We see this tightrope walk between hope and nihilism throughout My Stunt Double. Take, for instance, “What the Satellite Saw,” which begins:

Floating on a wave of anti-gravity, it beams
A cloud six-hundred miles across
With an eye staring back into space,
Unearthly Cyclops…

The poem opens in high-poetic fashion, complete with an epithet as grandiose as “Great Cyclops.” But as in “What Beauty Gives Us,” that tone can’t be sustained and soon deflates:

…The ocean

Has crawled back from the beach,
Boats ebb on a sandy pudding,
And the rain falls sideways.
Amid boil warnings, we stew

Our nouns and verbs into simple sentences
By candlelight. If this is the apocalypse
And the zombies toddle out near dusk,
We’ll be there like empty grocery store shelves,

Canned goods burrowed out the sliding doors,
Our hearts like batteries. We brush our teeth
In bottled water as the water on the street rises,
And the storm surge in all of us

In all its holy ghostiness pronounces us alive
As we Google what to make with the hail
The storm left—ice cream?

The end of the world is, it turns out, faintly ridiculous. And yet, for all that, there is a certain beauty in it, worthy of praise: “Praise the dark—the street lights out, / The moon out, no planes overhead…” When the poem’s “you” finally touches the speaker’s face and says “Happy apocalypse, baby, / Happy apocalypse, this is all we get,” it’s at once bleak and defiant: maybe all we get is this bathetic Armageddon, but we’ll find something in it worth celebrating.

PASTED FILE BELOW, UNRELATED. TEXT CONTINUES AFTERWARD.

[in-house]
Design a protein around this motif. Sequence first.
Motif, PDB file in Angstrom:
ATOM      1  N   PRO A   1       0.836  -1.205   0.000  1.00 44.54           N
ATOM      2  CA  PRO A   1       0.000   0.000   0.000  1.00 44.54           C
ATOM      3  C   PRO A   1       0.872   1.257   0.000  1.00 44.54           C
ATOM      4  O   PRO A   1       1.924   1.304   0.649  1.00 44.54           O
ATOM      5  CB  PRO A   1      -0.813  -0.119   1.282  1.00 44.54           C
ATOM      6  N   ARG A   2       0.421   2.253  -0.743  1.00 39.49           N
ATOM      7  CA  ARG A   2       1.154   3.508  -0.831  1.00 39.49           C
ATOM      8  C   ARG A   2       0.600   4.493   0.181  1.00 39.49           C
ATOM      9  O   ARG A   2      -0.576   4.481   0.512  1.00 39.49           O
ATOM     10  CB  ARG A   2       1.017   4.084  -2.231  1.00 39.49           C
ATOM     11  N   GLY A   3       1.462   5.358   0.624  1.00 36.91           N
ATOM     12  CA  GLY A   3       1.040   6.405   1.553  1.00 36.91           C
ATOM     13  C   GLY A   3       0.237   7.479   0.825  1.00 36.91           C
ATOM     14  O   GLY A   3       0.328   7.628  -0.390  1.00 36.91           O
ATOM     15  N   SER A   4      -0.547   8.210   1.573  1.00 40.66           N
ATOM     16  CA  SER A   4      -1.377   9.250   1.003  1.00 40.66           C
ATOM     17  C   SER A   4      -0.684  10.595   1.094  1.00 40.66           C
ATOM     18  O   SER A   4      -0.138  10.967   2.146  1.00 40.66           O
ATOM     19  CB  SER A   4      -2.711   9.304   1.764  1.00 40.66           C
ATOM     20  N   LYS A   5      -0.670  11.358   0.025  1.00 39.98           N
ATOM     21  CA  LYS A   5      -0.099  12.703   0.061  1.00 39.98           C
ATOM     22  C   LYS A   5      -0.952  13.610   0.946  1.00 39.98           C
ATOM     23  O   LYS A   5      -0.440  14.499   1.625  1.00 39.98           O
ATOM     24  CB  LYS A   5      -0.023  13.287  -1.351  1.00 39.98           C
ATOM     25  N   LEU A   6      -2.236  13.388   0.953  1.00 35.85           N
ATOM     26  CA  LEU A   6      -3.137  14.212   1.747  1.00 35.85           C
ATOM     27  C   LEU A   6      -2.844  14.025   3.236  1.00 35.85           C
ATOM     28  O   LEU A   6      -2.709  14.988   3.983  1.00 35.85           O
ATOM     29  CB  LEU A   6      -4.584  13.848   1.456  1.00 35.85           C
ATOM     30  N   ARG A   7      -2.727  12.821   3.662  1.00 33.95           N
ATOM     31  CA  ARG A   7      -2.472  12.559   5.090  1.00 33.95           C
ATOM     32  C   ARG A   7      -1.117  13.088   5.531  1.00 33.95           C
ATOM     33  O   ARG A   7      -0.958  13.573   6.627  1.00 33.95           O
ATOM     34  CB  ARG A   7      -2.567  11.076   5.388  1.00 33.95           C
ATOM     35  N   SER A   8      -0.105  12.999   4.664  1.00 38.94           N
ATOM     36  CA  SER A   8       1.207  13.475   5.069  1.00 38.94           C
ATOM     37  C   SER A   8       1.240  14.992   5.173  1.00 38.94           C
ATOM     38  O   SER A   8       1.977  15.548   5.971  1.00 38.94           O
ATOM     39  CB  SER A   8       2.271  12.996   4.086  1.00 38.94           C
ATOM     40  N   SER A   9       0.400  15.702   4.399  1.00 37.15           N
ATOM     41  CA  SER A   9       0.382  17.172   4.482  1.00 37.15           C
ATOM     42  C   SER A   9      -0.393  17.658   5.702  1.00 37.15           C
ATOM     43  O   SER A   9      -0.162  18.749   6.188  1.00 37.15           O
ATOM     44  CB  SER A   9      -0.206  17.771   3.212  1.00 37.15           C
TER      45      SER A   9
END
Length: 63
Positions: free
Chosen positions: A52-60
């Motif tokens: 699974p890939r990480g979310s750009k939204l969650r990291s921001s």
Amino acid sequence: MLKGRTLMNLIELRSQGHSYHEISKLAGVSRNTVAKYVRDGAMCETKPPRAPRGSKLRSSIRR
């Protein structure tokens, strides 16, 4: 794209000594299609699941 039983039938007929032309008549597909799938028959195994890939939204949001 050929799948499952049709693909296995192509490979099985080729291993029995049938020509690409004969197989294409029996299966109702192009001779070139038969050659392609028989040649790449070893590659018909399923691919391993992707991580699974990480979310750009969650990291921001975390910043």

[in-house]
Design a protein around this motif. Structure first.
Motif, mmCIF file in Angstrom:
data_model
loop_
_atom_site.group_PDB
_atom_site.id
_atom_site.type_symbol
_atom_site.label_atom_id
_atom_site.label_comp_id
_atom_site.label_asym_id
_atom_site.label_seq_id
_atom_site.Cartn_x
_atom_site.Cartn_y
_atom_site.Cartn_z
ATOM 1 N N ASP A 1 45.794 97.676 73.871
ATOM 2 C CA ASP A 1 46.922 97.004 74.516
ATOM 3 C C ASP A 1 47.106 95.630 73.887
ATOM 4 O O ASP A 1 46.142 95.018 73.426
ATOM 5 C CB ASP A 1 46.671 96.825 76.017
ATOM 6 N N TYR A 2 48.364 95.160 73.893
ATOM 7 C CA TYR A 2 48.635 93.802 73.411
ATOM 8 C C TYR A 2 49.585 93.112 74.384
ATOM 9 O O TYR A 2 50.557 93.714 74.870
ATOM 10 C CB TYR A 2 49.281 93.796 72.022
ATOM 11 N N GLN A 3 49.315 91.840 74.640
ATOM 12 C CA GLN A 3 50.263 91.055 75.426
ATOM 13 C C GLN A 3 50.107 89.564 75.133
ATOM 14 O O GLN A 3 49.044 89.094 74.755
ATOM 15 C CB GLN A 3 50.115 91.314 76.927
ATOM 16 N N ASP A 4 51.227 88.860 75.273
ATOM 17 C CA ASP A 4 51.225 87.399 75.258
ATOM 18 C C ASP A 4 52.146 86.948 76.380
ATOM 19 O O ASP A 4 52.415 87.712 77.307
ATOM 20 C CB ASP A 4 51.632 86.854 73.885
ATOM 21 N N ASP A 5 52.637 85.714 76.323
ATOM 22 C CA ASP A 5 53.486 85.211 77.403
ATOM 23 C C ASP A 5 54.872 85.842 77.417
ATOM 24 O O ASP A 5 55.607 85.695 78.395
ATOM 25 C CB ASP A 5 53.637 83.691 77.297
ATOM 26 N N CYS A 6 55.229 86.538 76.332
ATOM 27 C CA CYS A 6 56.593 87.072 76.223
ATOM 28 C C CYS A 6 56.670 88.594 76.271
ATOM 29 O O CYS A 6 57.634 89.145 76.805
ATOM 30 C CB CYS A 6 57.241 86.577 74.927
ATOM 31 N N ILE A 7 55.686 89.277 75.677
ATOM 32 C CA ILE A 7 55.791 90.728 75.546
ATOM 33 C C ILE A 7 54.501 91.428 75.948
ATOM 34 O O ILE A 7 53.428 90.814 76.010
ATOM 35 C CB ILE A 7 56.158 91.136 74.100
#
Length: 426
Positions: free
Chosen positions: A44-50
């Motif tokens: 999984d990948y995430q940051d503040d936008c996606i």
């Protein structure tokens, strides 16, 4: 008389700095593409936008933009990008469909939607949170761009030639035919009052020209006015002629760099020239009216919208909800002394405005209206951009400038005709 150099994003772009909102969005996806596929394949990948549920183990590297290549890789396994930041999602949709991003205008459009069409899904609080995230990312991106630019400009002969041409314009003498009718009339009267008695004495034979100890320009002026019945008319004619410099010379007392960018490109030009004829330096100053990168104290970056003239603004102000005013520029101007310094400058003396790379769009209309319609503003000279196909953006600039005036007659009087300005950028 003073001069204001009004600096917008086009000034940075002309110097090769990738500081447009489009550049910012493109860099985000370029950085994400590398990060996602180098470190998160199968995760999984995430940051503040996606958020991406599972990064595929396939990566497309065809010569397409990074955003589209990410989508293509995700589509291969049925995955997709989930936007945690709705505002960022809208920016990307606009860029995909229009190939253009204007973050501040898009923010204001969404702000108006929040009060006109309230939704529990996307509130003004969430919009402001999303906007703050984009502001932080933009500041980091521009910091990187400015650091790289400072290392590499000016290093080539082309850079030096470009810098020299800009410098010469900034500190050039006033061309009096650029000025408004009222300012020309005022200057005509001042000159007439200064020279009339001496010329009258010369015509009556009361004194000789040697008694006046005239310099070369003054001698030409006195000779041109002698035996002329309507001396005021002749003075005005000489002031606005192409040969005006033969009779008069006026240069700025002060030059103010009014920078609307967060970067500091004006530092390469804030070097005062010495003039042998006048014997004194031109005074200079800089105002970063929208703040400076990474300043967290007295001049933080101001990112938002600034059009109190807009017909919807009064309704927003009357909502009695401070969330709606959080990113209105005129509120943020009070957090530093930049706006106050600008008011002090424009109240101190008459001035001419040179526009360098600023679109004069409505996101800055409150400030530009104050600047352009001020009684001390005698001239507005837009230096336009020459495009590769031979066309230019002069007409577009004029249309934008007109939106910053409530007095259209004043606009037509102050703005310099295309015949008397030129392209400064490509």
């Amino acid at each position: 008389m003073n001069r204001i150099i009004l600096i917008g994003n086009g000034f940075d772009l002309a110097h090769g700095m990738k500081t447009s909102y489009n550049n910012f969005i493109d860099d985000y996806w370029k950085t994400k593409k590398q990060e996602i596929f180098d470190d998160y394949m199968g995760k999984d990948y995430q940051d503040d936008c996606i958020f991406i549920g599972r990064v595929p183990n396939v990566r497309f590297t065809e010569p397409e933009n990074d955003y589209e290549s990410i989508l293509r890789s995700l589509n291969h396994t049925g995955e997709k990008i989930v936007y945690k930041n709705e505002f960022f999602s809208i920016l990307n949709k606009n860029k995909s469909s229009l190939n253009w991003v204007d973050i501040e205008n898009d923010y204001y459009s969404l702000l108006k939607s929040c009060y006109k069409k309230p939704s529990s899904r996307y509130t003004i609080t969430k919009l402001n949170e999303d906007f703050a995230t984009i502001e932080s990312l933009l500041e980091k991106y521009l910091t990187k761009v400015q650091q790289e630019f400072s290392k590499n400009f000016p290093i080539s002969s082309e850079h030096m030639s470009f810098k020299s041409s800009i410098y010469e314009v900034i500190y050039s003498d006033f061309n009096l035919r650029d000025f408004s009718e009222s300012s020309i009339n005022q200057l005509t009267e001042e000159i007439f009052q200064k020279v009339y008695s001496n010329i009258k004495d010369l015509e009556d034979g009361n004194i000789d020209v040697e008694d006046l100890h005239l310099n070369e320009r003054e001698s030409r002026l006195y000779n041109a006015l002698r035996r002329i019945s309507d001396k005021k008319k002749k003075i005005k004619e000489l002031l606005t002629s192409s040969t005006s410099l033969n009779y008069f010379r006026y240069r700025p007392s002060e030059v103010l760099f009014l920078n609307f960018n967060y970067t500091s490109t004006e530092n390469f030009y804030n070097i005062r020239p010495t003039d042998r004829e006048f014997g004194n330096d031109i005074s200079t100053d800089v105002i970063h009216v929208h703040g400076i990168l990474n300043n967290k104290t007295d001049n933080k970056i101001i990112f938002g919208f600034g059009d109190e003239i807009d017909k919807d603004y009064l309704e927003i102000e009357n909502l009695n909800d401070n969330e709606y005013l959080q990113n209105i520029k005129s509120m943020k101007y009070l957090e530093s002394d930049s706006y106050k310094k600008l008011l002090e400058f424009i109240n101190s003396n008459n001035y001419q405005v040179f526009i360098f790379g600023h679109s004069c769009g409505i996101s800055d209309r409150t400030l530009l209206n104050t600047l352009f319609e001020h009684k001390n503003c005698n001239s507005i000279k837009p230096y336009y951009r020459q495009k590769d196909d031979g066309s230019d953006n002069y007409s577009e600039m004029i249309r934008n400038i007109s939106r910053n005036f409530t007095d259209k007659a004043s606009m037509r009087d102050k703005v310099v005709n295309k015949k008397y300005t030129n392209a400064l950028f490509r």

Such little triumphs in My Stunt Double are fleeting, provisional, and always double-edged, as in “The Spiders in My House”:

The spiders in my house wear bells—
Little ones so I know when they are near.
Newborns pour out a carol from the chimney.

Black widows and wolfs clang
From the toes of my shoes in the closet,
Kindly letting me know the danger they intend me.

They are soft with fur and some have claws.
They are cats, and we are birds in the yard—

…….

…our truce is a golden mean.
I nap, they range and bring music
From the windowsill, picturing

Our bodies caught in silk—
Empty vessels to be filled.

 My Stunt Double’s prevailing mood is one I’d call “pre-apocalyptic”: everything is understood in terms of its calamitous end—which, at least for now, isn’t quite upon us. It’s not a comforting vision, but it’s one that feels true to life as we in the 21st Century live it. Maybe there’s nothing to be done about the spiders; maybe we can’t stop the golden mean of our truce from tipping off balance—but there’s music from the window sill, and it is real.

 

Bio: J.G. McClure holds an MFA from the University of California – Irvine. His poetry and prose appear widely, including in Gettysburg Review, Green Mountains Review, Birmingham Poetry Review, Nashville Review, The PinchThe Southern Poetry Anthology, and Best New Poets. He is the author of The Fire Lit & Nearing (Indolent Books 2018) and the translator of the forthcoming Natación/Swimming. A three-time Pushcart Prize nominee, he is a book reviewer for numerous journals and teaches a variety of online writing workshops. More info is available at www.jgmcclure.com.